Death, Writing, and the Season of Lent, pt. 4

I have a habit.  I have these dreams.  I haven’t tracked them for too long in the past.  But I started noticing the dreams a couple years ago.  My mother gets dreams too.  I’ve known that for years.  Her dreams range from scenes which show up when somebody’s pregnant to scenes which wake her up with a caution that I’m supposed to pass on to a friend to other things I won’t go into. 

I dream when people are about to die.  Not all people.  I’d never get any sleep.  No, just some people.  I haven’t figured it all out.  Indeed, I’m not really trying to figure it all out!  I wake and pronounce to my wife as I did two years ago that “This is going to be a hard year,” and when she asks what I mean, I explain that a lot of people I’m connected to will die soon.

Today is the fourth Sunday of Lent, the time where Christians reflect on the life and death of Jesus.  It’s the time leading to Easter, the lowest and highest event in the Christian calendar.  As I move through Lent, I’m thinking about this disturbing habit of mine.  Part of it is the normalness of death.  It becomes increasingly normal as you age, right?  I’m not that old, but the longer I live, the more I notice death.  People have died since we’ve started reproducing, but noticing death takes time. 

One of my spiritual mother’s funeralized her mother Saturday.  I read of Manning Marable’s death in a tribute by Professor Michael Eric Dyson over at the Root.  Another spiritual mother and mentor continues to grieve her mother’s death from last Christmas.  I feel “in between” as I think about Rev. Beans, a father and friend to me, who died two years ago, about Michael Bailey, a CPD officer whose death still goes unsolved, and a long list of other people like Christopher Gary, Darlene Johnson, and my father-in-law, John McKinney–all of whom died last year.

I think about death in one form or another all the time.  I feel like I’m aware of death whenever I “make my Easter speech,” when I preach publicly, because, in some way, the Christian message always passes over the grave.  It doesn’t end in a tomb, but death is inevitably there in the message.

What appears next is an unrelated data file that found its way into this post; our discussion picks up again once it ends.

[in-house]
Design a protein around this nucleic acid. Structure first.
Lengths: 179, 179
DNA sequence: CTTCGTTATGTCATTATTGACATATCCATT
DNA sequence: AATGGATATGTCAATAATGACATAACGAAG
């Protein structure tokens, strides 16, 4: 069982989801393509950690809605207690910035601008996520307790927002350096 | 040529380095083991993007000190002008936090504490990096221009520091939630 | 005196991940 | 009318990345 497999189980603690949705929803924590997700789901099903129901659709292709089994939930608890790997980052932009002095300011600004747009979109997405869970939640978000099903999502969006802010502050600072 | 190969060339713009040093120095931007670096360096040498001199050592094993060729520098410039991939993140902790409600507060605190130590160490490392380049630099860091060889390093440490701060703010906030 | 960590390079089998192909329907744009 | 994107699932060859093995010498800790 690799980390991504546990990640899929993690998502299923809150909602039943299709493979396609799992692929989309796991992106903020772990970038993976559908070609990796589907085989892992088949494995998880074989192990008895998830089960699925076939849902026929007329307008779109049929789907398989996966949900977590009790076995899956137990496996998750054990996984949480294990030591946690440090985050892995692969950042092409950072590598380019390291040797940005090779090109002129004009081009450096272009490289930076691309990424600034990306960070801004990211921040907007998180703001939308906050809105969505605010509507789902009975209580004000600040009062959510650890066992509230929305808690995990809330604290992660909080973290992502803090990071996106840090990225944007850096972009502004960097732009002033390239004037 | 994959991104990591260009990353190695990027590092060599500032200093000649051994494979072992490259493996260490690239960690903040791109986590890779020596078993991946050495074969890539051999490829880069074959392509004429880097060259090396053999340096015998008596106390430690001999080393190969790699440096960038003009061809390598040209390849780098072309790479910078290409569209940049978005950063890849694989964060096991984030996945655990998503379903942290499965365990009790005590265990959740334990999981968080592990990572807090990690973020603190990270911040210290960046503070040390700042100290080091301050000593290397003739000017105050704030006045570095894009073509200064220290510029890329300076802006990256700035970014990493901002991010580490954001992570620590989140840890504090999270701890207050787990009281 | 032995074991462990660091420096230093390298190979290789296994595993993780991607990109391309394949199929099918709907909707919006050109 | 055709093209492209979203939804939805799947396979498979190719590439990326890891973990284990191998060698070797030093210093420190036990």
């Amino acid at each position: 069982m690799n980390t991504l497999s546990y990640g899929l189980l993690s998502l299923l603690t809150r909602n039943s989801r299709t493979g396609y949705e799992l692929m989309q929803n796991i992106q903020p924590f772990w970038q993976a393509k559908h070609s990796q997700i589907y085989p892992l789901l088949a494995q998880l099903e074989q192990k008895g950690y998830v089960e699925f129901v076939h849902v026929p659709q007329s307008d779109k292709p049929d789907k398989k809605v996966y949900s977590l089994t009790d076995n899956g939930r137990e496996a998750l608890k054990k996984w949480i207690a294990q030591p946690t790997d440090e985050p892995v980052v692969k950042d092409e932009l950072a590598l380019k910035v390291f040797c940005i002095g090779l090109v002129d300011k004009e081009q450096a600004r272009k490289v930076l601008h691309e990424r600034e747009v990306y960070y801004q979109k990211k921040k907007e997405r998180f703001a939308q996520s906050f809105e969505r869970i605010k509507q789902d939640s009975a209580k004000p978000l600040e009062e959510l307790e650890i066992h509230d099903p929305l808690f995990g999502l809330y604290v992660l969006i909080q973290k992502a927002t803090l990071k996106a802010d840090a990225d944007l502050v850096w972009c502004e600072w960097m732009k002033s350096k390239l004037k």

I think about death as a writer.  The nagging words of one of my favorite teachers from the text, bell hooks, come back.  When talking about the writer’s life, in Remembered Rapture, she invokes the role of time and death.  She talks about how writers have to find time to write but that we also write against time.  She says, “Without urgency or panic, a writer can use this recognition to both make the necessary time for writing and make much of that time.” 

As I think about time and death, the inescapable entrance in something else, I have to connect my work as a church servant, my work as I writer and parent and person to what comes after death.  That’s why Lent and Easter take on significance to me. 

There are many little deaths.  The unexpected departure of a friend when you made a pact to stay in the same community.  Being fired from a job.  A rejection letter by an agent signaling what could be the death of a potential novel.  A struggling marriage which releases another piece of that dreamy romantic idea of what you thought you had.  A comment that changed everything by someone you thought cared for you.  A diagnosis, any diagnosis.  Deaths are everywhere.  Which is why I run to Easter, trip to it, and push myself to look up inside that mystical empty tomb, from all the big and little deaths.  I think of resurrection, the stronger event after death, when I wake from another one of those wierd dreams, even when it takes me days to forget waking up as I catch my breath and look over at my wife whose eyes pop open to see me gasp.  I think about death and for the Christian, what is the next fundamental event.  Both are real, but I can’t help but be grateful for the hope that death isn’t all there is.


2 thoughts on “Death, Writing, and the Season of Lent, pt. 4

  1. Michael,

    Thank you for this true post. We so easily lose track of the simultaneous cost and brilliance of that empty tomb and Lent can be a mind-clearing truth-telling source of grace when we let it.

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